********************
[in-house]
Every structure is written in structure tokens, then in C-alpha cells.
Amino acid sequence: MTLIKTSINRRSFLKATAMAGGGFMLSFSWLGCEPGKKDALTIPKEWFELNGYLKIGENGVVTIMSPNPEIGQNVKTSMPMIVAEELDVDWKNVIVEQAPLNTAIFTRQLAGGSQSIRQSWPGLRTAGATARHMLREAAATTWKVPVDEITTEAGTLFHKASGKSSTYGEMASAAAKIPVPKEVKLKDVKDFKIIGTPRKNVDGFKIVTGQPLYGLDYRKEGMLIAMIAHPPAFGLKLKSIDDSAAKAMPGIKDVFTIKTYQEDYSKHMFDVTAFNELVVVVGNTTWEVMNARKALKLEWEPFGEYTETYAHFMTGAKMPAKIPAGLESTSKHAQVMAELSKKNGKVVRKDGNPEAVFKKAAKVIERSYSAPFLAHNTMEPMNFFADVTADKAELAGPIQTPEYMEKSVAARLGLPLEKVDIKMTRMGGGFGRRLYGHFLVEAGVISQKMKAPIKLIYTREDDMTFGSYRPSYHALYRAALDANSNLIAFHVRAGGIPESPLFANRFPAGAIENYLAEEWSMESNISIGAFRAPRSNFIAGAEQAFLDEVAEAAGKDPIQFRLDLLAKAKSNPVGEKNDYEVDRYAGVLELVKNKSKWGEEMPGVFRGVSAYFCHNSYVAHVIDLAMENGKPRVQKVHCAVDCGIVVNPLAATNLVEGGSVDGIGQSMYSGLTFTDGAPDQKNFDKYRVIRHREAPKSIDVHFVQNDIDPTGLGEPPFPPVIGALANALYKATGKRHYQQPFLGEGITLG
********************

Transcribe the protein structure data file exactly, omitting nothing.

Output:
[in-house]
Every structure is written in structure tokens, then in C-alpha cells.
Amino acid sequence: MTLIKTSINRRSFLKATAMAGGGFMLSFSWLGCEPGKKDALTIPKEWFELNGYLKIGENGVVTIMSPNPEIGQNVKTSMPMIVAEELDVDWKNVIVEQAPLNTAIFTRQLAGGSQSIRQSWPGLRTAGATARHMLREAAATTWKVPVDEITTEAGTLFHKASGKSSTYGEMASAAAKIPVPKEVKLKDVKDFKIIGTPRKNVDGFKIVTGQPLYGLDYRKEGMLIAMIAHPPAFGLKLKSIDDSAAKAMPGIKDVFTIKTYQEDYSKHMFDVTAFNELVVVVGNTTWEVMNARKALKLEWEPFGEYTETYAHFMTGAKMPAKIPAGLESTSKHAQVMAELSKKNGKVVRKDGNPEAVFKKAAKVIERSYSAPFLAHNTMEPMNFFADVTADKAELAGPIQTPEYMEKSVAARLGLPLEKVDIKMTRMGGGFGRRLYGHFLVEAGVISQKMKAPIKLIYTREDDMTFGSYRPSYHALYRAALDANSNLIAFHVRAGGIPESPLFANRFPAGAIENYLAEEWSMESNISIGAFRAPRSNFIAGAEQAFLDEVAEAAGKDPIQFRLDLLAKAKSNPVGEKNDYEVDRYAGVLELVKNKSKWGEEMPGVFRGVSAYFCHNSYVAHVIDLAMENGKPRVQKVHCAVDCGIVVNPLAATNLVEGGSVDGIGQSMYSGLTFTDGAPDQKNFDKYRVIRHREAPKSIDVHFVQNDIDPTGLGEPPFPPVIGALANALYKATGKRHYQQPFLGEGITLG